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Recurring groin strains – or something else?

This 24-year-old football player presented with recurring bouts of left hip pain and stiffness. He also had similar, but less significant, pain in his right hip.

He estimated that he would have had more than ten episodes of pain over about five years and described multiple visits with various healthcare providers. He reported having several ultrasound examinations (which showed muscle injuries) but had never had an x-ray.

On examination, he was found to have pain with hip flexion beyond 90 degrees, reduced internal rotation (less than 10 degrees bilaterally) and pain with a quadrant test. Unfortunately, x-rays showed a CAM deformity, joint narrowing and osteophytes on the femoral head and neck. A subsequent MRI confirmed full-thickness cartilage loss.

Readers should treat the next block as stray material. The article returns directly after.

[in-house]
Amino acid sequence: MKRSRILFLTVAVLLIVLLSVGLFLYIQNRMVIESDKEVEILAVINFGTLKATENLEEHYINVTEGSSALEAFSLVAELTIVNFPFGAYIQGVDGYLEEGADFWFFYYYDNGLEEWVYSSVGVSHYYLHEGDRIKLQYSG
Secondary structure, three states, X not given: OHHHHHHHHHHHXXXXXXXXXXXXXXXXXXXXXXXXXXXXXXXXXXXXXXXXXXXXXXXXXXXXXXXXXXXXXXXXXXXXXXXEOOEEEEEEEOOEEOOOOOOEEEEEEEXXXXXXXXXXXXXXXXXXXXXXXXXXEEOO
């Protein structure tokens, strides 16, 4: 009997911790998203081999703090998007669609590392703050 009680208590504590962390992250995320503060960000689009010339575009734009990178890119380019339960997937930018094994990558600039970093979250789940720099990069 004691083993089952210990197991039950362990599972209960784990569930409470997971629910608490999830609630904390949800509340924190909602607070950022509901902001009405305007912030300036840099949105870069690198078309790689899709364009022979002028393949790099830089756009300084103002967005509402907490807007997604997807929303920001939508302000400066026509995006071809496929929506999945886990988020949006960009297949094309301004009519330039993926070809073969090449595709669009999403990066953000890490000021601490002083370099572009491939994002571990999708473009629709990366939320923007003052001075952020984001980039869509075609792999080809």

This case unfortunately highlights that joint disease can affect people of all ages.

It also highlights the potential utility of x-rays, especially for patients with recurring or ongoing symptoms.  With the increasing numbers of patients who are sustaining major trauma (for example meniscal or anterior cruciate ligaments injuries) at a relatively young age, we are likely to see more of these young patients with “old” knees and hips.

For these patients, surgery is generally not the answer, with education and a coordinated rehabilitation programme being critical.

Given his desire to return to sport, this player was reviewed by several medical and surgical specialists. He initially showed a good response to rehabilitation, NSAID and a reduced training load. He was able to complete the season during which his symptoms developed.

Unfortunately, his pain recurred during the subsequent pre-season and became worse. He then had transient relief from corticosteroid and PRP injections but was unable to return to normal training. He had several orthopaedic opinions and it was not felt that surgical treatment was indicated. 18 months later, he was forced to retire.